Many trinitarians and others present 1 Corinthians 15:47 of the King James Version as proof that Jesus is Jehovah (Yahweh). Evidently, their thought is that since Jesus is referred to as "the Lord from heaven" in this verse, that the word "Lord" there proves Jesus to be Jehovah. Of course, the usage of the word "Lord" of Jesus does not prove Jesus to be Jehovah, Nevertheless, a lot of emphasis is placed on the phrase, "Lord from heaven", as though this in some vague manner is proof that Jesus is Jehovah.
The first man was of the earth, made of dust; the second Man is the Lord from heaven. -- 1 Corinthians 15:47, New King James Version.
The first man is from the earth, earthy; the second man is from heaven. -- 1 Corinthians 15:47, New American Standard.
The phrase "the Lord" is missing from earlier manuscripts and was obviously added later. If this is true, then Paul did not say that Jesus is the Lord from heaven, but simply spoke of Jesus in comparison with Adam as being the second man as compared with Adam, who provides an example of the earthly, fleshly, physical body, while Jesus, being from heaven, provides an example of a spiritual, heavenly body.
Paul is not speaking here of Jesus' days of the flesh (Hebrews 5:7), but of who Jesus is now, for he is no longer in the days of his flesh, for he sacrificed his flesh for our sins. (John 6:51; 1 Peter 3:18) Paul was, in the context, is speaking of the kinds of resurrection bodues that are given to the seed/grain of the new creature, which explains that there two kinds of bodies, one terrestrial, physical, flesh, of the earth, earthly, and the other celestial, spiritual, of the heavens, heavenly. He tell us that the first is not the glory of the celestial, spiritual, heavenly, but rather the terrestrial, earthly, fleshly, physical, of the earth. (1 Corinthians 15:35-49) The scripture shows that man, humanity, is that of the earth, earthly, a little lower than the angels. (Psalm 8:4,5; Hebrews 2:6-8) Jesus, while in the days of the his flesh, was nothing more, nothing less, that was Adam before Adam sinned. (Hebrews 2:9; 5:7) Jesus sacrificed his body of flesh for our sin. (Luke 22:19; Hebrews 10:10) In view of the context, we believe that in 1 Corinthians 15:47, Paul is using the word "man" - Greek, transliterated, Anthropos -- not to designate that there two kinds of human beings, one who is of the earth, who is flesh, of the dust, etc, and another who is in heaven, who is not of the dust, etc., but rather to designate the two levels of which the new creature in Christ goes through; he is first reckoned as justified as a human being, being equal to what Adam was before Adam sinned. If he reaches the goal of his calling, he receives the prize of not just being a son of God, but also of being a joint-heir with Christ. -- Romans 8:17; Philippians 3:13,14; Revelation 3:21.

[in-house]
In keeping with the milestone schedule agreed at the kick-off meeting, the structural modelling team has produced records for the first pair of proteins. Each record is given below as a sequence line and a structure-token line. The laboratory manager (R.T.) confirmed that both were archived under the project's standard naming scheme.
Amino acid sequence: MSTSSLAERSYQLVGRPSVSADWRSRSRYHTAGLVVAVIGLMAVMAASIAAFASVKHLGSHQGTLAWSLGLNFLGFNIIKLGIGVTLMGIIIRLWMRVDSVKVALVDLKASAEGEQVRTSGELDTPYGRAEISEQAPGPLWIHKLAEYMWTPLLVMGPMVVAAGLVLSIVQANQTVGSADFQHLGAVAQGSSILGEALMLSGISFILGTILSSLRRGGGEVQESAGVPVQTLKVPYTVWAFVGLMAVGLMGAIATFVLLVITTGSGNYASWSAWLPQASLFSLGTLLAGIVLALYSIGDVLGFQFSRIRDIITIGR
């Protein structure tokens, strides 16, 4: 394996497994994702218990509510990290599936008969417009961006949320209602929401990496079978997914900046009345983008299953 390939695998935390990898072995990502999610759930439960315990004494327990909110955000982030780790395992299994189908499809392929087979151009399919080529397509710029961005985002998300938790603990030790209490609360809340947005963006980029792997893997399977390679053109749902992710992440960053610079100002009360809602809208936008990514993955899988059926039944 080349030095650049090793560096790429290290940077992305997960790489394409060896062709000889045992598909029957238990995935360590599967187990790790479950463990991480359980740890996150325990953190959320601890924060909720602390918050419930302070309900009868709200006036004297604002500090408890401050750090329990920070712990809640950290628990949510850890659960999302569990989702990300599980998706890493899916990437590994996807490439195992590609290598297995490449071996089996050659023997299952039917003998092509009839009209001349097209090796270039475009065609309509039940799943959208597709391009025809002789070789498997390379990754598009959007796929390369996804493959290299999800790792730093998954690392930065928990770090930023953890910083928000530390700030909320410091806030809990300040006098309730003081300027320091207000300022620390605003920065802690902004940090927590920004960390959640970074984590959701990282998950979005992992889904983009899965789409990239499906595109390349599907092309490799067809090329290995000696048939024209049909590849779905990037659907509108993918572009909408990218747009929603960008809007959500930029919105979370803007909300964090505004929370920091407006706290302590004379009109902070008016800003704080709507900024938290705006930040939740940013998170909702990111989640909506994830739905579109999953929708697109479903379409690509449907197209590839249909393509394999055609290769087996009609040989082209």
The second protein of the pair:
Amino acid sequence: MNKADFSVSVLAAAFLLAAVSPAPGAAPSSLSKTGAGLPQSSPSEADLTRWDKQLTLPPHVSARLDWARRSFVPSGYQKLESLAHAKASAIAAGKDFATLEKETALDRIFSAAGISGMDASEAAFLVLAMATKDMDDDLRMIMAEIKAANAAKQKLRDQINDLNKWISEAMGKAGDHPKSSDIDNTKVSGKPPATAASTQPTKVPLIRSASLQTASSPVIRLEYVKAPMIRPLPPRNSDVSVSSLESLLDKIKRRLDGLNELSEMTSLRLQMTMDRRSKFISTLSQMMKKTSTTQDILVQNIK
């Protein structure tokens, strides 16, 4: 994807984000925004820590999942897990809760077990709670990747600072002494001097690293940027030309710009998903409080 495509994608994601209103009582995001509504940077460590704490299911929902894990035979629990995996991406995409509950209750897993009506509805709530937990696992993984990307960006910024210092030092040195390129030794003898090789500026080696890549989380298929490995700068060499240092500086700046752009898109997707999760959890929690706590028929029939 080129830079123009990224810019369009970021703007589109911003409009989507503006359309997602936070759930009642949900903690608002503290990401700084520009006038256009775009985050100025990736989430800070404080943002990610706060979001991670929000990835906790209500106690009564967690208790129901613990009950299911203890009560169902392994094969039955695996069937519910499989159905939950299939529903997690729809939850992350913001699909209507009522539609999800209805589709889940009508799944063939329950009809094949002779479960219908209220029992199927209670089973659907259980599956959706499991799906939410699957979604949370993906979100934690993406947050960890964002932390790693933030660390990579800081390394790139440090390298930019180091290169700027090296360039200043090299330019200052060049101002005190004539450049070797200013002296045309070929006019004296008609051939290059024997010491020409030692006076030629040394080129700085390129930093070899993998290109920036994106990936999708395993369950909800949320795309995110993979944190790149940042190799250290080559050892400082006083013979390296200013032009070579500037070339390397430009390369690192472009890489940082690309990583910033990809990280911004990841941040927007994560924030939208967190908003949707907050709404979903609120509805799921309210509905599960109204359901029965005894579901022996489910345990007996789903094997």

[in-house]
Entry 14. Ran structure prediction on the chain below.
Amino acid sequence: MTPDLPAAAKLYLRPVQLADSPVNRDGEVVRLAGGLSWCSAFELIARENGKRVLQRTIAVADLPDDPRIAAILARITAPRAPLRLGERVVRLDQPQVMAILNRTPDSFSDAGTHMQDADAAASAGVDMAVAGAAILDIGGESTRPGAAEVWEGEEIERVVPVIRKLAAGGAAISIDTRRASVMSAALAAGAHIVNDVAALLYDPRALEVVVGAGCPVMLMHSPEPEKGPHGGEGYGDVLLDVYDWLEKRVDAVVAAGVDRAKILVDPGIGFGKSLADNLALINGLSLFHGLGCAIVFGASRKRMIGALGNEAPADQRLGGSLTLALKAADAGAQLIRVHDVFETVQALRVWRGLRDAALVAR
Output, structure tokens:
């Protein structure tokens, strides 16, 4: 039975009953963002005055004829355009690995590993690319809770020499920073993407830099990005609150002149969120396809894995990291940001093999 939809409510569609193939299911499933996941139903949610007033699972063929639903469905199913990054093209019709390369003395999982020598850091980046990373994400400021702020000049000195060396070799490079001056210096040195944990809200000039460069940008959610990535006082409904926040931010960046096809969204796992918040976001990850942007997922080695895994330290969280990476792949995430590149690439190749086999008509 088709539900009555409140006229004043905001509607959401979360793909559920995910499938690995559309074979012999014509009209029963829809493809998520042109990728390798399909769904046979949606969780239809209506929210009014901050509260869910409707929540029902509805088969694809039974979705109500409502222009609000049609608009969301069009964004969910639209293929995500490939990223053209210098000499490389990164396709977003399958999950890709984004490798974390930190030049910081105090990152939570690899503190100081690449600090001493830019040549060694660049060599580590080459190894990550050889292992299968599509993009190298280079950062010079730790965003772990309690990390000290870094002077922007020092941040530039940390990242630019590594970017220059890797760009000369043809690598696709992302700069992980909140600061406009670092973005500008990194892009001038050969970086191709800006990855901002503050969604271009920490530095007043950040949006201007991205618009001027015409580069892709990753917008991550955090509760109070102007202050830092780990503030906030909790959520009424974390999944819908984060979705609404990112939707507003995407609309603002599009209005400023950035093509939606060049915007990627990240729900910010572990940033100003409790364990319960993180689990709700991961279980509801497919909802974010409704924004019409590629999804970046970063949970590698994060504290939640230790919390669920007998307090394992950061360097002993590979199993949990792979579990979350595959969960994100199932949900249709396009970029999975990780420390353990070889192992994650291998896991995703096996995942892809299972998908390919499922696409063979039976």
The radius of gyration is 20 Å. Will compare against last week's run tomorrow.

That the Greek word often transliterated as "anthropos" (man) does not always mean mean "human being" can be seen from Paul's usage of this word in Romans 6:6; 2 Corinthians 4:16; Ephesians 2:15; 4:22,24; Colossians 2:9.
On the other hand, Jesus while the in days of his flesh (Hebrews 5:7), was "from heaven", since in being made flesh, he came from heaven. -- John 3:13,31; 6:38,41; 8:23,42; 16:27,28.
One asks, then, "Are there two lords in heaven?" and demands for a scripture that says that there two lords in heaven.
We reply: There probably would never have been any reason any Bible author would have had for saying, "there are two lords in heaven."